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The Best And Worst Cities For Data Centers

A new report looks at 35 cities as potential homes for data centers and analyzes which are the most and least expensive.

The big East and West Coast cities may be losing their luster when it comes to building and operating data centers. The place to be is the heartland, where labor, land, and power costs are lower and the risks of terrorist attack or natural disaster are smaller.


The Best Cities For
Data Centers

Top 10 U.S. cities for information assurance

map
Annual Operating Costs

1.
Sioux Falls, S.D. $9.7 million
2.
San Antonio, Texas $10.3 million
3.
Ames, Iowa $10.4 million
4.
Tulsa, Okla. $10.5 million
5.
Des Moines, Iowa $10.5 million
6.
Omaha, Neb. $10.5 million
7.
Colorado Springs, Colo. $10.7 million
8.
Albuquerque, N.M. $10.8 million
9.
Denton, Texas $10.9 million
10.
Champaign, Ill. $11.1 million
Data: The Boyd Co.
View total annual operating
cost for 35 cities

It costs 45% more to build and operate a data center in New York than in Sioux Falls, S.D., according to a study of data center costs in 35 U.S. cities to be released this week. A 125,000-square-foot facility staffed by 75 would cost about $14.1 million a year in New York; in Sioux Falls, $9.7 million.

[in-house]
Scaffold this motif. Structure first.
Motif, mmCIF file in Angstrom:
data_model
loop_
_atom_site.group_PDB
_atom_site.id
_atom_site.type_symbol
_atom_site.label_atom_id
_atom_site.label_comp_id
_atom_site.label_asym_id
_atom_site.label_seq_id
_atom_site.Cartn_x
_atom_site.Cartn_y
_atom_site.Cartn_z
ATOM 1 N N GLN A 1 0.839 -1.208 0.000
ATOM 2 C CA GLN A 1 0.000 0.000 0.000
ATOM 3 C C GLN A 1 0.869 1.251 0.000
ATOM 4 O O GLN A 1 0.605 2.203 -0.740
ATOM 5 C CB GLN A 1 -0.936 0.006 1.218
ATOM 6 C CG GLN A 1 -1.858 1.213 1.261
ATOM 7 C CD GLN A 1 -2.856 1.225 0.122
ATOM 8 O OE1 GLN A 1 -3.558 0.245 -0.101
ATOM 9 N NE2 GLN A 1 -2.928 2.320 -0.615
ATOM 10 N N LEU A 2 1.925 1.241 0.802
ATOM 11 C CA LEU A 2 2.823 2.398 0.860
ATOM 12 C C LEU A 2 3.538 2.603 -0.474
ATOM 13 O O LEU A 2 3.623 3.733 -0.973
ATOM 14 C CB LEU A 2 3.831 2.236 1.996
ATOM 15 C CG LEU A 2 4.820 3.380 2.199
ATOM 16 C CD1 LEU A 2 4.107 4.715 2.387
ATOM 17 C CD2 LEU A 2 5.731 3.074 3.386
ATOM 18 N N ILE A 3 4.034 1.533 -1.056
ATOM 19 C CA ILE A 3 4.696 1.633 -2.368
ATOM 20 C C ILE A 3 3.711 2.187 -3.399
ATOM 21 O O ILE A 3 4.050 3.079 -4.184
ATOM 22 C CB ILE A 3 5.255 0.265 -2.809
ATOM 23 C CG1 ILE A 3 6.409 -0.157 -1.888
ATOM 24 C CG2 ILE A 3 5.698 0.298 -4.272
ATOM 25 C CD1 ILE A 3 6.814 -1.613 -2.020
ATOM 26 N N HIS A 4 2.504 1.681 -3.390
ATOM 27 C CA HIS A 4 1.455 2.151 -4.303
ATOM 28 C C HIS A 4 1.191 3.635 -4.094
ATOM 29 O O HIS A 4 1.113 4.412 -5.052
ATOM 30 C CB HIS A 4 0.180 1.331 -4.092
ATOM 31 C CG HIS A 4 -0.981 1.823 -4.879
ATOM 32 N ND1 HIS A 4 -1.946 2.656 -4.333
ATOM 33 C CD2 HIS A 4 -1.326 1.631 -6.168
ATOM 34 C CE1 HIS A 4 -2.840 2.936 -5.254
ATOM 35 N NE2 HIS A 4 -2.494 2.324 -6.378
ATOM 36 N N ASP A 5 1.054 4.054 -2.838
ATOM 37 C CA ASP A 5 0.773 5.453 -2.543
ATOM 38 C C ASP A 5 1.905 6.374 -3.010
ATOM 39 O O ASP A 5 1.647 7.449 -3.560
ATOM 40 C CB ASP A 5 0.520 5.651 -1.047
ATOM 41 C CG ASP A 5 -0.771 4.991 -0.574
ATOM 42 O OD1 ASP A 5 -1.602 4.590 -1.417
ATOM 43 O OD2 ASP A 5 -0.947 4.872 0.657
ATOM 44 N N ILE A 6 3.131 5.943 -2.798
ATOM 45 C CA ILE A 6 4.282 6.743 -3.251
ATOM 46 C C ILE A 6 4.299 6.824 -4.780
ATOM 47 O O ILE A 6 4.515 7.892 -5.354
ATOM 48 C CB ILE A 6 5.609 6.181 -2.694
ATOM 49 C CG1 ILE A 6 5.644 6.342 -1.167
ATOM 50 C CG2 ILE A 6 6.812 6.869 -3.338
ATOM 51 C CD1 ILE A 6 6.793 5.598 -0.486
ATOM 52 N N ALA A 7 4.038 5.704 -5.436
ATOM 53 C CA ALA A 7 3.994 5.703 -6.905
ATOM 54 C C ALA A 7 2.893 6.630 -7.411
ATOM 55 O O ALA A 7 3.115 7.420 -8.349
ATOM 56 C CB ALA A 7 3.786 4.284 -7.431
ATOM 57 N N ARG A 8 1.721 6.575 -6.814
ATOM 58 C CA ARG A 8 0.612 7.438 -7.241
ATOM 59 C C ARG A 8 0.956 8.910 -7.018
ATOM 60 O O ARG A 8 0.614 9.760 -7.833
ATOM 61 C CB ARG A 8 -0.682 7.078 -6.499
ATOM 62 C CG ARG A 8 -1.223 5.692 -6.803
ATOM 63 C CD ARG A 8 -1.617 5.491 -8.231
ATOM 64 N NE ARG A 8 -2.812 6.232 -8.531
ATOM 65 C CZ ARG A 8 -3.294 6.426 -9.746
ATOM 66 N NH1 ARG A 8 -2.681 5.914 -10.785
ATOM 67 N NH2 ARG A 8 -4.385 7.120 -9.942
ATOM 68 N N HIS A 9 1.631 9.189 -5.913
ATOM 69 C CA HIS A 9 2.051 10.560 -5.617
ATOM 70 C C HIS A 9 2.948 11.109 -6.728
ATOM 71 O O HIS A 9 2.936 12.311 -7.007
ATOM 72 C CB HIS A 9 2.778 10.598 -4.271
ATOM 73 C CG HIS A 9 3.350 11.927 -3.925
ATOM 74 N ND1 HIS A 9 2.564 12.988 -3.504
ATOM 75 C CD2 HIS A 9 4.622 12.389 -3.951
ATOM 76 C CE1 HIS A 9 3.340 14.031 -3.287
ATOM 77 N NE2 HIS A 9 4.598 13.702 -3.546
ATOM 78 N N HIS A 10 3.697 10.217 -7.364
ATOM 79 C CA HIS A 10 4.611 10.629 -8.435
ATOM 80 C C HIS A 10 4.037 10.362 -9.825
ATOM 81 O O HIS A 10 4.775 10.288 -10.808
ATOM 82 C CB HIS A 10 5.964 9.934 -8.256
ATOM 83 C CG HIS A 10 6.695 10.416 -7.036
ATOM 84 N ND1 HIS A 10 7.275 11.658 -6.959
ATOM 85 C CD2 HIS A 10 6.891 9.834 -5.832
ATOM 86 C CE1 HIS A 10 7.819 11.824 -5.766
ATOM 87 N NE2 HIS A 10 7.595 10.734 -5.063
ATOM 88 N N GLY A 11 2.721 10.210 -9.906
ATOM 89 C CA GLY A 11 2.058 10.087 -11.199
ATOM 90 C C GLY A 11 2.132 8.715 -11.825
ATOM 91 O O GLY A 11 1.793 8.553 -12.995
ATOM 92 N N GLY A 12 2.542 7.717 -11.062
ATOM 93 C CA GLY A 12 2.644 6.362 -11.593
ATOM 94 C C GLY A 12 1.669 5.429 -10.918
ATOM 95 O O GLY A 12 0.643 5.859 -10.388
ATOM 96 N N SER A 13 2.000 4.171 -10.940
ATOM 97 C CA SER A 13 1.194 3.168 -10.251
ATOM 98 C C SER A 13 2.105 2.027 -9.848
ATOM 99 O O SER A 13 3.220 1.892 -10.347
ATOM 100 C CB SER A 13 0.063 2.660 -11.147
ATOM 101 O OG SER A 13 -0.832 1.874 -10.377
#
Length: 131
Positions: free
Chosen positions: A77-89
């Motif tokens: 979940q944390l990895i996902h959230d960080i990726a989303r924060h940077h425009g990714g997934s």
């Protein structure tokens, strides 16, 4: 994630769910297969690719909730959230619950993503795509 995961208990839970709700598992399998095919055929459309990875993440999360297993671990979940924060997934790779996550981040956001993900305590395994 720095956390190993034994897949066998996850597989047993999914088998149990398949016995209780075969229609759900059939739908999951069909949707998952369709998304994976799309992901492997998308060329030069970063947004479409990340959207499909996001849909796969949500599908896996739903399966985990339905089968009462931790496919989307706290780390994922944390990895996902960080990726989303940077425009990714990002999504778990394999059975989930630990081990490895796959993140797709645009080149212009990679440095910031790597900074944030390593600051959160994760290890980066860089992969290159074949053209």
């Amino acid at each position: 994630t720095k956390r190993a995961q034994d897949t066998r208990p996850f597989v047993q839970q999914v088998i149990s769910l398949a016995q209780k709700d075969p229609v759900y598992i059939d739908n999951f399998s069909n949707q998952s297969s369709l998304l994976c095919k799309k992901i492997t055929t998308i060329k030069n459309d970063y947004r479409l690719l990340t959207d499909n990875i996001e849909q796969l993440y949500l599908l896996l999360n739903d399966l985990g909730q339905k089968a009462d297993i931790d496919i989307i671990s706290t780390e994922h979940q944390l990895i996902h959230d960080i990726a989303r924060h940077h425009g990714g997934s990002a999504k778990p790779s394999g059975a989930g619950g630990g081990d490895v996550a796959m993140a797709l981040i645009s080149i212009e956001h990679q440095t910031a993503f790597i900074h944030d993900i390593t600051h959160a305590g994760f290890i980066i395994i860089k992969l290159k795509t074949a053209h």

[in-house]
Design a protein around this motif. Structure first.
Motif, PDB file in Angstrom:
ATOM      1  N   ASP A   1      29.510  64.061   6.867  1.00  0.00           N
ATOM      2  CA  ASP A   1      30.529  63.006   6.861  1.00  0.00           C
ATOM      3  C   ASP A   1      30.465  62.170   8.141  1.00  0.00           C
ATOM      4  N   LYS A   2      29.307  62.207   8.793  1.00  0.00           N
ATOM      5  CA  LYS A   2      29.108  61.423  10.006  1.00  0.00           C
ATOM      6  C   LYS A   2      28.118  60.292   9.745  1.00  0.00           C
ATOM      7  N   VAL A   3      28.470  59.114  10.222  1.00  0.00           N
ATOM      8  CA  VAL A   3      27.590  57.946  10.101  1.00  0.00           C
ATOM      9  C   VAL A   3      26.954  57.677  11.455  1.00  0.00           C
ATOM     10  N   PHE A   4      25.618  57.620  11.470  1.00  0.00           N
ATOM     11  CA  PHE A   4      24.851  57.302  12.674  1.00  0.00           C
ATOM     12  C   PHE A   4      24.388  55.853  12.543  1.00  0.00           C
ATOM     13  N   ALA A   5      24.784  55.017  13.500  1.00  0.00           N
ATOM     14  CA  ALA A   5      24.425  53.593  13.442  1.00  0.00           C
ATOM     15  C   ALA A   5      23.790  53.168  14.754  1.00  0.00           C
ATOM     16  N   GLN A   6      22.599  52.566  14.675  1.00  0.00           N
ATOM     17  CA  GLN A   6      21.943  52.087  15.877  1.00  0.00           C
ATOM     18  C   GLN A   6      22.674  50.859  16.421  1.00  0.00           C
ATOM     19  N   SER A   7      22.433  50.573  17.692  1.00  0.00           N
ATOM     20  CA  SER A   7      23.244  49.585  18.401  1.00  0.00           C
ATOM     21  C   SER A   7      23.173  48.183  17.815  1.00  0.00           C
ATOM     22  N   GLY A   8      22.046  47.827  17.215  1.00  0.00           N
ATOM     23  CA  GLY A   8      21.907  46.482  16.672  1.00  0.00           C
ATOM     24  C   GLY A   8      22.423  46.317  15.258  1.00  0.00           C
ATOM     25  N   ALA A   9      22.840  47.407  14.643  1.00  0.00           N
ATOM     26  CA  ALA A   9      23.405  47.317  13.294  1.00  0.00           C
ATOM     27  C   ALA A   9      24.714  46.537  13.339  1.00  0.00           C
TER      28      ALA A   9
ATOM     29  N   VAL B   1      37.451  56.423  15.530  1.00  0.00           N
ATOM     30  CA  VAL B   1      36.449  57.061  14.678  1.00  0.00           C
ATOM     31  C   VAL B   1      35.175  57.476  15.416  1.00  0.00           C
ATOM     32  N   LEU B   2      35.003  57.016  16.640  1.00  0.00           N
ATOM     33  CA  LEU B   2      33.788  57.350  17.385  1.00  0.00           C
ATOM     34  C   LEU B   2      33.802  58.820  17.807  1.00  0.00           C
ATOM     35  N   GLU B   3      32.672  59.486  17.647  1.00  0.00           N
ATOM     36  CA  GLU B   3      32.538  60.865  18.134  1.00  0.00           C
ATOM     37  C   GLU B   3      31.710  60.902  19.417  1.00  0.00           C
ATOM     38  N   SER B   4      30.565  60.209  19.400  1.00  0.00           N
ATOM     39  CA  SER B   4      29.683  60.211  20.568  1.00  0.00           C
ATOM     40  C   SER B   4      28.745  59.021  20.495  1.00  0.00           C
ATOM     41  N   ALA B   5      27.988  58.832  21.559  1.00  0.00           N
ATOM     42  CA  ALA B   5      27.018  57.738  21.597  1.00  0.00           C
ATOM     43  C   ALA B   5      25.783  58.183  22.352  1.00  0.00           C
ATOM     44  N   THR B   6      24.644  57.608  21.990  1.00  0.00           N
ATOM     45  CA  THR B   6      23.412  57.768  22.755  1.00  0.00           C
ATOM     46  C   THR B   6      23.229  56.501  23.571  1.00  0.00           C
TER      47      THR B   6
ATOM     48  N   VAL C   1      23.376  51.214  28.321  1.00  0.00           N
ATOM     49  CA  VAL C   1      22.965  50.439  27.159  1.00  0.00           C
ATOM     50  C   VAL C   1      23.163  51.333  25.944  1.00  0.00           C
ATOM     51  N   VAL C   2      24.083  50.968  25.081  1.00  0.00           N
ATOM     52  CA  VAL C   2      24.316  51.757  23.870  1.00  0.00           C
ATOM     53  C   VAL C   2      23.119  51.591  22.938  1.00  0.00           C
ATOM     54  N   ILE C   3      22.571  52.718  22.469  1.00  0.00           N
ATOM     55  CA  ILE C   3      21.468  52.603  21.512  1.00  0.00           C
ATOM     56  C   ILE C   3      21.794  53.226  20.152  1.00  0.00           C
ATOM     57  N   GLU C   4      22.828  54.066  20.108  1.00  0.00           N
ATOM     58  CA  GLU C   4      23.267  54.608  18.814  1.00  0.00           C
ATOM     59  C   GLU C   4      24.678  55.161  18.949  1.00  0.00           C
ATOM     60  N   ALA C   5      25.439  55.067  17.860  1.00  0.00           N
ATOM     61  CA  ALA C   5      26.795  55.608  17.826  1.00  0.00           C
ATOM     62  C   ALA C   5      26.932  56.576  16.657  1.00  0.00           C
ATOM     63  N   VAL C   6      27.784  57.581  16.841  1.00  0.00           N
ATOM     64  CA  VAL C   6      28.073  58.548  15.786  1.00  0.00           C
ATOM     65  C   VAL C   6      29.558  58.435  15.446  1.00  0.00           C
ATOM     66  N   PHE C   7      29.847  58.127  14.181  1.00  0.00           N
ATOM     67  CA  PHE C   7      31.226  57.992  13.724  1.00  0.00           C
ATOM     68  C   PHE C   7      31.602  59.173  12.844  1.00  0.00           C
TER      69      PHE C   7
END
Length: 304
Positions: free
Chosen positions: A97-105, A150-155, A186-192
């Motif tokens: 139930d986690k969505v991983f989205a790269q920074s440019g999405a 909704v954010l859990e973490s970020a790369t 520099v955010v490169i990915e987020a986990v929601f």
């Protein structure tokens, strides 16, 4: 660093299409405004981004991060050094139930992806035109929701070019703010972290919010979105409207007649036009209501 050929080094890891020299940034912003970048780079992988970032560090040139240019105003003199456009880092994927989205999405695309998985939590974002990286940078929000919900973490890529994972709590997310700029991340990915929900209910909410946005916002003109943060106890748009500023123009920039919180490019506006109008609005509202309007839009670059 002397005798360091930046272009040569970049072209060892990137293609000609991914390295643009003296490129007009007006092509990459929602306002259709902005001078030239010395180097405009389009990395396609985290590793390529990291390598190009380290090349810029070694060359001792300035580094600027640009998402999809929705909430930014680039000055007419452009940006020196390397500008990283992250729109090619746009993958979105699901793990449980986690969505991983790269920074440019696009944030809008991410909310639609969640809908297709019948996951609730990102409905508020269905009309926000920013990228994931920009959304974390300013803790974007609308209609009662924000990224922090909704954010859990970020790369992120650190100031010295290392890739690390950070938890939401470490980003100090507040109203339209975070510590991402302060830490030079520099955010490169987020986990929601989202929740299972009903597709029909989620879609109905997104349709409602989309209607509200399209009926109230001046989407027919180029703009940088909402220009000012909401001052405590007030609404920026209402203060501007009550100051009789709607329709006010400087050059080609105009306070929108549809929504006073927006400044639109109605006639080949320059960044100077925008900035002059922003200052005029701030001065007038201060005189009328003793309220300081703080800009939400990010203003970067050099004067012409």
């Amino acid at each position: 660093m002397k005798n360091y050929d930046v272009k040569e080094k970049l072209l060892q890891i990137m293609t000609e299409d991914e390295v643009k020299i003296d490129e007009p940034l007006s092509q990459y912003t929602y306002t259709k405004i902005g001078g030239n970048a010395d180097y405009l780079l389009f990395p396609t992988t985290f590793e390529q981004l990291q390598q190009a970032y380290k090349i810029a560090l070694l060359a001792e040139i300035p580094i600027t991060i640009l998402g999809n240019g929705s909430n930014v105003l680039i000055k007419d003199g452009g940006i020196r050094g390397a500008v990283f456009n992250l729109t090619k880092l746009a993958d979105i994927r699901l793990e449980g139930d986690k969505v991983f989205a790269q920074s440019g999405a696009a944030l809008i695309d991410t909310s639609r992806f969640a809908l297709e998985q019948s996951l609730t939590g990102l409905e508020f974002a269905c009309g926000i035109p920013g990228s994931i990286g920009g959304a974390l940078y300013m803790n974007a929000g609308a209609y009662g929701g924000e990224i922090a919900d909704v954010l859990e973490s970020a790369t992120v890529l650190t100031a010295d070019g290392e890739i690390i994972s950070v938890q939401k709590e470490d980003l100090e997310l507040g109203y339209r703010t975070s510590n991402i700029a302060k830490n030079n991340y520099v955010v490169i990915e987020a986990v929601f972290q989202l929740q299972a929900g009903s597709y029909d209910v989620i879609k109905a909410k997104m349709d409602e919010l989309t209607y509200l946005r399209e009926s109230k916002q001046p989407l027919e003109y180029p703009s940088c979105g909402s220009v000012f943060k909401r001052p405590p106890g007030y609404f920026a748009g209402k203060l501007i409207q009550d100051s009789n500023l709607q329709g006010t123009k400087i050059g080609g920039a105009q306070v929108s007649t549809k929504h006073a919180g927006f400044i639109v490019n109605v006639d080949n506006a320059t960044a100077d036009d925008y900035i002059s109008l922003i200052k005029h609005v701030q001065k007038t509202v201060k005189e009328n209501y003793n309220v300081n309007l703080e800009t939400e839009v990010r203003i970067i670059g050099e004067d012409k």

Businesses are being priced out of locations like Boston, San Diego, and New York," says John Boyd Jr., a consultant with site selection consulting firm The Boyd Co., which prepared the report for clients in the financial services industry. Comparative economics are the deciding factor in many site selection decisions, the report says. "The idea of attracting and retaining a workforce in a small city in the Midwest today is actually quite compelling."

The report names 10 cities as prime candidates for cost-effective and secure data centers, with Sioux Falls, S.D., coming out on top (see chart, right).

The ranking is based on factors such as land and power costs, telecom infrastructure, and a local workforce with data security skills, including people trained at universities recognized as National Centers of Academic Excellence in Information Assurance Education, which are certified by the National Security Agency. Other considerations include airline service from national carriers, insulation from natural disasters, and quality of life.

There are considerable cost differences between the Big Apple and the Gateway to the Plains. Annual salaries in New York for those 75 data center workers would be around $7.2 million; in Sioux Falls, $5.6 million. The cost of buying land and building a data center in New York would be $4.2 million annually, compared with $2.8 million in Sioux Falls. Power and cooling would cost $1.2 million a year in New York, but only a third of that in Sioux Falls.

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Taxes and travel-related expenses are part of the tab, too. Property and sales taxes come to $1.1 million a year in Buffalo, N.Y., compared with $680,000 in Cincinnati. Annual travel to and from a data center would cost about $196,000 in Winston-Salem, N.C.; in Detroit, add another $29,000.

When everything is tallied, which cities are most expensive to operate data centers? New York is at the top, followed by San Francisco; Oakland, Calif.; Boston; Detroit; Chicago; Philadelphia; Cherry Hill, N.J.; Minneapolis; and Buffalo.

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